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Methuselah Is Doing Very Well: This Extinct Tree from Time of Jesus was Revived from a 2,000-Year-Old Seed

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An extinct tree whose ancestors were alive during the time of Jesus is alive and thriving. Even though it sounds like something out of Michael Crichton's Jurassic Park, a group of scientists was able to grow the tree from 2,000-year-old seeds found by Israeli archaeologists at Masada, an ancient fortification located in southern Israel. 

Nicknamed "Methuselah" after Noah's grandfather, the Bible's oldest man, the Judean date palm tree, sprouted back in 2005

Such trees were considered important in the Scriptures and the tree's fruit – the date – was known throughout the ancient world.  

Ancient Israel was once covered by these trees. The date embodied life and prosperity but was also known for its medicinal properties. 

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After the Roman Empire conquered Judea in 68 BC, the Romans had nothing nice to say about the Jews except that they had good dates. And their emperors actually used to order Judean dates to eat and there were some very, very good date varieties in that day and they were famous through the known world. 

The Romans even put the Judean date palm on their coinage. 

Roman coin showing the image of Emperor Vespasian celebrating the victory over the rebels. The legend says: IVDEA CAPTA ("Judaea [has been] captured") (Image credit: Classical Numismatic Group, Inc. via Wikipedia -

However, changes in climate may have spelled the trees doom. Research indicates after the year 1000, the climate in the region changed, becoming colder and even more humid. Other studies have pointed to changes in springs in the area delivering less water as a result which harmed the growth of the trees. 

Others blame human action as the palm tree plantations suffered during the Crusades. 

The date palms eventually became such a rarity that many early scientists and researchers in the mid-1500s scoffed at the idea that the area could have ever produced the enormous bounty of dates that were reported by the ancients.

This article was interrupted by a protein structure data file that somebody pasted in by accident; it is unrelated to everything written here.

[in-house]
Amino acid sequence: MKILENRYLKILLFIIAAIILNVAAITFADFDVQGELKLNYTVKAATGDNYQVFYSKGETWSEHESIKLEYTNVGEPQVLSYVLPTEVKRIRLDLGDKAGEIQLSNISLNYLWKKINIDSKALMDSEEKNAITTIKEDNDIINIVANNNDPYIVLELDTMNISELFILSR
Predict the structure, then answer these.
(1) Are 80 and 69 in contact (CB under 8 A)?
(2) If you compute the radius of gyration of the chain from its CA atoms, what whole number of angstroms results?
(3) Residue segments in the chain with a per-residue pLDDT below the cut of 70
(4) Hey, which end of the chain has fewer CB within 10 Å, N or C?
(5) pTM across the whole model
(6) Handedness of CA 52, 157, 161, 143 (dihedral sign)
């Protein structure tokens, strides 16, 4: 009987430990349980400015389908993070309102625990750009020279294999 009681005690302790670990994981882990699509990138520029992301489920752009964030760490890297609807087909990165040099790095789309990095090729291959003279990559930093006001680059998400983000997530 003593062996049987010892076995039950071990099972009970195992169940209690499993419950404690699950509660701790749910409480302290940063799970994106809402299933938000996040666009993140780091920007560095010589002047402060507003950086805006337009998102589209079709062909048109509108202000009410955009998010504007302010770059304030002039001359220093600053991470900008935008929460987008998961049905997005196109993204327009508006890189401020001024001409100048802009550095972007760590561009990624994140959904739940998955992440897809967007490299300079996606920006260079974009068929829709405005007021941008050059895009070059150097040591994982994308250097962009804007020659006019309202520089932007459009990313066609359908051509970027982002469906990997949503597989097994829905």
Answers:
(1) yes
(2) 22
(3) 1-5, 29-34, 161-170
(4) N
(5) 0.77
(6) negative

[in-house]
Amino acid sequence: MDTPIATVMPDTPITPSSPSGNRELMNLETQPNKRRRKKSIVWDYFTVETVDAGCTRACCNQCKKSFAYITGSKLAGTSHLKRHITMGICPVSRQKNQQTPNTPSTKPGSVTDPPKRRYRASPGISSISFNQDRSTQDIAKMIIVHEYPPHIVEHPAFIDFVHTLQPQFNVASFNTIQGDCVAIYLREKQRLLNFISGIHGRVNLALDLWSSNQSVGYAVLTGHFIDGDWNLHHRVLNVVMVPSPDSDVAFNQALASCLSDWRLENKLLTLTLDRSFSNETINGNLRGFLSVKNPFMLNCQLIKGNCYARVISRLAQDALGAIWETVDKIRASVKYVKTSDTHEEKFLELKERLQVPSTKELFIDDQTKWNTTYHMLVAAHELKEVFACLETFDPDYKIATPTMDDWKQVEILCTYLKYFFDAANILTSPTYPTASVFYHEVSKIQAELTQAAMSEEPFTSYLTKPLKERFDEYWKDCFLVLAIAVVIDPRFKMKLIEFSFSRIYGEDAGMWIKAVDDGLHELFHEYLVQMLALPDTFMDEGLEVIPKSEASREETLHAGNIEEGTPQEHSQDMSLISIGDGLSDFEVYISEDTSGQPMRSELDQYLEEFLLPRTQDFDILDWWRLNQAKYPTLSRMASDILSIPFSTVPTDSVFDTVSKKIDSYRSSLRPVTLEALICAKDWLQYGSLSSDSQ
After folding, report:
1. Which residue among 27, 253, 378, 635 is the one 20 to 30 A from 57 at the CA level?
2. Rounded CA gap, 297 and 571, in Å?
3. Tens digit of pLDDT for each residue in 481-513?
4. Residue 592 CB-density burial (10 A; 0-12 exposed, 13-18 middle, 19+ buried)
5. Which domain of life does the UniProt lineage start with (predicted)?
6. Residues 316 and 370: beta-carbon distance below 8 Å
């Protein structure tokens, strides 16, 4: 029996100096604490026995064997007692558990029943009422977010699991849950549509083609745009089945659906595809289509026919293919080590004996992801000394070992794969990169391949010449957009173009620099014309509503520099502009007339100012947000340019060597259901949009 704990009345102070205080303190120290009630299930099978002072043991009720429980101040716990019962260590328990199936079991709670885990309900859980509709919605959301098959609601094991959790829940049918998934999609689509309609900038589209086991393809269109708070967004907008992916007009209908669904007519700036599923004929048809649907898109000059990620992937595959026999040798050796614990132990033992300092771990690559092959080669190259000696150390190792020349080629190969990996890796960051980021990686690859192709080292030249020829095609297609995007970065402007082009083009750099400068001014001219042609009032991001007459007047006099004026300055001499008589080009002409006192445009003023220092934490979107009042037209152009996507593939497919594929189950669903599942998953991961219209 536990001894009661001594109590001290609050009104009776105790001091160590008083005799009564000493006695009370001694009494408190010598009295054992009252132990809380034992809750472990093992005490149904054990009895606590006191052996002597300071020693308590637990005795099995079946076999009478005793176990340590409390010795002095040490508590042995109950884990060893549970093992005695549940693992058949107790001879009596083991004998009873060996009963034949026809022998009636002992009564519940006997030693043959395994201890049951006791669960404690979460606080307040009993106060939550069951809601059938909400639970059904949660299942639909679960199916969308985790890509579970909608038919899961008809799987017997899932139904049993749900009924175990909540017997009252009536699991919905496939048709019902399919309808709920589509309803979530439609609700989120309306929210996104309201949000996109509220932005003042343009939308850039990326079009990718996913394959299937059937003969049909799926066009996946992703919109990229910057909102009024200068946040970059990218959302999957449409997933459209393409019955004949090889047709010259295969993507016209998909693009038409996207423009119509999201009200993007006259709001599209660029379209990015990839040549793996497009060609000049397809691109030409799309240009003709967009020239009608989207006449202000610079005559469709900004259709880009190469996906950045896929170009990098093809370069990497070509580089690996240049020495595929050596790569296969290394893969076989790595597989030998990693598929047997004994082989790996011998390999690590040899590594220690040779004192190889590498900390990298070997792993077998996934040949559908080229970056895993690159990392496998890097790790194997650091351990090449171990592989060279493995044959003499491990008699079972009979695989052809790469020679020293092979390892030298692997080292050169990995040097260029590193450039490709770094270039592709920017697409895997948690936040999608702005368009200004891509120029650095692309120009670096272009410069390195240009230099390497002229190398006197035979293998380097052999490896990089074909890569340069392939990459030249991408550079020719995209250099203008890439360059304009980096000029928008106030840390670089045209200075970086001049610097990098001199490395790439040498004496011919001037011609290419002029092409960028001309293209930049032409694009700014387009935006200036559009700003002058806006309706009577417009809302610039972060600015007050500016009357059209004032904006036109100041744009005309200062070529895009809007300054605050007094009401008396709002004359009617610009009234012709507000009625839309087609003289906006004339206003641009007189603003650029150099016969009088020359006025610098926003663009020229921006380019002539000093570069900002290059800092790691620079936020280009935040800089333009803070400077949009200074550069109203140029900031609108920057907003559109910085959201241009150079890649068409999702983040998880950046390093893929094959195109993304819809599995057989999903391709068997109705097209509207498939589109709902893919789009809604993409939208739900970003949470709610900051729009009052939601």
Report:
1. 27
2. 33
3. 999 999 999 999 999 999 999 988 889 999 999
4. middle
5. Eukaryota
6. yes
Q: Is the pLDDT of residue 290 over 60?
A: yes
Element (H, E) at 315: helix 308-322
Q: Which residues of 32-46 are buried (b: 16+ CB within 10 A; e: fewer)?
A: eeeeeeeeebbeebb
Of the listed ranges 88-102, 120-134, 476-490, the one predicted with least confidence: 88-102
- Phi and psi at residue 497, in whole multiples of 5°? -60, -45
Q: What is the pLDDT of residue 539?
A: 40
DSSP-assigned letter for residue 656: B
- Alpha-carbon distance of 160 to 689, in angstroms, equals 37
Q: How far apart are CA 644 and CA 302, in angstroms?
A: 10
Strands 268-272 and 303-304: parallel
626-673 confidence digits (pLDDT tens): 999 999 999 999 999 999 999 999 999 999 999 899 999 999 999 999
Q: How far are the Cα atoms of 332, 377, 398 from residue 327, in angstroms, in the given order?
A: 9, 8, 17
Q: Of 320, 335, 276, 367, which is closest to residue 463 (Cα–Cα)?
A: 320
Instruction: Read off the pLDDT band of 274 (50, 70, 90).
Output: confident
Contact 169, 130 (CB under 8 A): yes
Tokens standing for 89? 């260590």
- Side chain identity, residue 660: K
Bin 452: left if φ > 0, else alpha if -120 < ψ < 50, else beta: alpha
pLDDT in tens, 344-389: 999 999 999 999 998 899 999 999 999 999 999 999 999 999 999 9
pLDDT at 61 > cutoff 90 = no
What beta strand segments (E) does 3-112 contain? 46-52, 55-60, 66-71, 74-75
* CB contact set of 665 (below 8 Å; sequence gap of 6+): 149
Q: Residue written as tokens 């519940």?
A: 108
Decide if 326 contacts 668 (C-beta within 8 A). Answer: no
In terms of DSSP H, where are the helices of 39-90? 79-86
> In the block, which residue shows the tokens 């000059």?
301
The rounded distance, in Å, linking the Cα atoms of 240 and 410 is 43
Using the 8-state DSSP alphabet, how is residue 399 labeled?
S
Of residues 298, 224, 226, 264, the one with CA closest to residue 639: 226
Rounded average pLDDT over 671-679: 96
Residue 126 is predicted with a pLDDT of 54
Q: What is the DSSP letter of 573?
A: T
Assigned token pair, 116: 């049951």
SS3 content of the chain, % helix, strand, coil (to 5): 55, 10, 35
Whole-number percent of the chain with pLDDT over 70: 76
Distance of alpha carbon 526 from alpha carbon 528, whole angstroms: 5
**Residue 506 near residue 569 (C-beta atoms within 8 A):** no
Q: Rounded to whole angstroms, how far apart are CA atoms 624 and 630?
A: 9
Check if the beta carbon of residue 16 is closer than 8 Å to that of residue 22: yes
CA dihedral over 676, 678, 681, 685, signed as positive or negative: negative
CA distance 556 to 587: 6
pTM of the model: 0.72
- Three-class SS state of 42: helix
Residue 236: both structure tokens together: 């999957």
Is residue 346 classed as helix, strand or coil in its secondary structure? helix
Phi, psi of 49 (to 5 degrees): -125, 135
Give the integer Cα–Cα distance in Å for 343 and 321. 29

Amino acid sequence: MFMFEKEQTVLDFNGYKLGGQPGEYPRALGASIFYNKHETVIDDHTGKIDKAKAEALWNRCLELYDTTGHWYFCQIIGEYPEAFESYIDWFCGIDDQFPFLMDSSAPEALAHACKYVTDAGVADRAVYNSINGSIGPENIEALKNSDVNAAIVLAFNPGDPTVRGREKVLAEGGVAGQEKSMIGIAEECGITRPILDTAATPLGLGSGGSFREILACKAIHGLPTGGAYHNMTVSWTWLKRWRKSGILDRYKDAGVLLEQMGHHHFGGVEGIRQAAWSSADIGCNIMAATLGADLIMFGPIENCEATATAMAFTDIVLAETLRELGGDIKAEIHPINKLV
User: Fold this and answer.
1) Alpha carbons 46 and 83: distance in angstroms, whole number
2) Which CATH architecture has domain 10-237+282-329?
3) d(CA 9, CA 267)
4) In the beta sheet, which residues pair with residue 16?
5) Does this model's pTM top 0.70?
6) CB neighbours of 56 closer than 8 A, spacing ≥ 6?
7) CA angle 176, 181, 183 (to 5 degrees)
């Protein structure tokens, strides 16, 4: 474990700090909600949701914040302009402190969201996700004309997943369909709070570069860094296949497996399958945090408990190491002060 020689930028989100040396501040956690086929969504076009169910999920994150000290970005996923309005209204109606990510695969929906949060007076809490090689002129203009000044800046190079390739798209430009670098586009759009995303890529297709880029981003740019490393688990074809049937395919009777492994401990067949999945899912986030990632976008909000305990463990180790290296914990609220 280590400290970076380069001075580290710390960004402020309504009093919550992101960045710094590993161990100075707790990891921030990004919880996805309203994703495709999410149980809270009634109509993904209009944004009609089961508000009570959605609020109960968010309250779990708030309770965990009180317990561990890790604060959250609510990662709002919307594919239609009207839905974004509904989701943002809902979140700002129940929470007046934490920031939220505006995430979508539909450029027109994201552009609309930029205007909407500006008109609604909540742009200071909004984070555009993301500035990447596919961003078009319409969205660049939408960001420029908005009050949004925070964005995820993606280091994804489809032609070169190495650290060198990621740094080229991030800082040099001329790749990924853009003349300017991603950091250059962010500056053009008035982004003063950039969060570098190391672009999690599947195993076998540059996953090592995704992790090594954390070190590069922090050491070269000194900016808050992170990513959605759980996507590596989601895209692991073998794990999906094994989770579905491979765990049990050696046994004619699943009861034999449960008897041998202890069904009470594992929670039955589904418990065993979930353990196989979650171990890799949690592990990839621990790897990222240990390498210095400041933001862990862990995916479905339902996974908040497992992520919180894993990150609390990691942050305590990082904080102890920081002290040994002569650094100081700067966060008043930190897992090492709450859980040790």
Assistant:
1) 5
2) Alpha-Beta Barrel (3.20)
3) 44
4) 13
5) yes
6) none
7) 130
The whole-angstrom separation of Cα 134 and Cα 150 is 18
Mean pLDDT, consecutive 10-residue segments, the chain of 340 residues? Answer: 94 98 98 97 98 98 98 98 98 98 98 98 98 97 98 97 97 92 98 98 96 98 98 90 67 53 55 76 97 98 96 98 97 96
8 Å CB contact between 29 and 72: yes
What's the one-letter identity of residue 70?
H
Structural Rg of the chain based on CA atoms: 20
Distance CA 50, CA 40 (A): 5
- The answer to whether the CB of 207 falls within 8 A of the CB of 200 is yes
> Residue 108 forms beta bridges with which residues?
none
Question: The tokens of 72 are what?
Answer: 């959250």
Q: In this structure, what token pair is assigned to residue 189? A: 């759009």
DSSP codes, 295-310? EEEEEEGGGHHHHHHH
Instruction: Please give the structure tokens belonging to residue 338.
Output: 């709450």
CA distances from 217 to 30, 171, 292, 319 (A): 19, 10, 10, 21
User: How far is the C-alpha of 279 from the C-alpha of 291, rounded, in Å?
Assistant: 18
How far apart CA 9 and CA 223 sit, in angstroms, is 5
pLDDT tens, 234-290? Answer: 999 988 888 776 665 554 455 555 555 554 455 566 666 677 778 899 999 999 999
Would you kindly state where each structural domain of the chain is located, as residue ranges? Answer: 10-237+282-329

Smithsonian Magazine reports Methuselah's variety of date palms was reportedly wiped out around 500 A.D.

Dr. Elaine Solowey, a botanist with the Arava Institute for Environmental Studies at Kibbutz Ketura in Israel had the idea to germinate the ancient seed from which the Methuselah tree came. 

Trying to get the seeds from the archaeologists took a long time, according to Solowey.  She told the BBC that when she was asked what she would do with them, she told them she would like to re-grow them.  But the botanist didn't get the reply she was hoping for. 

"They said, 'You're mad,'" Solowey recalled. 

Not only were the scientists able to revive the extinct species of trees to grow Methuselah, but they would be also successful at growing six more trees, including two female trees, which they named Hannah and Jonah. 

With cross-pollination of the species assured, the Methuselah variety of dates are reborn once again. 

"We would like to have plantations of the Judean dates. We would like to bring it back into cultivation and give it to the world," Solowey told the BBC.  

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About The Author

Steve Warren is a senior multimedia producer for CBN News. Warren has worked in the news departments of television stations and cable networks across the country. In addition, he also worked as a producer-director in television production and on-air promotion. A Civil War historian, he authored the book The Second Battle of Cabin Creek: Brilliant Victory. It was the companion book to the television documentary titled Last Raid at Cabin Creek currently streaming on Amazon Prime. He holds an M.A. in Journalism from the University of Oklahoma and a B.A. in Communication from the University of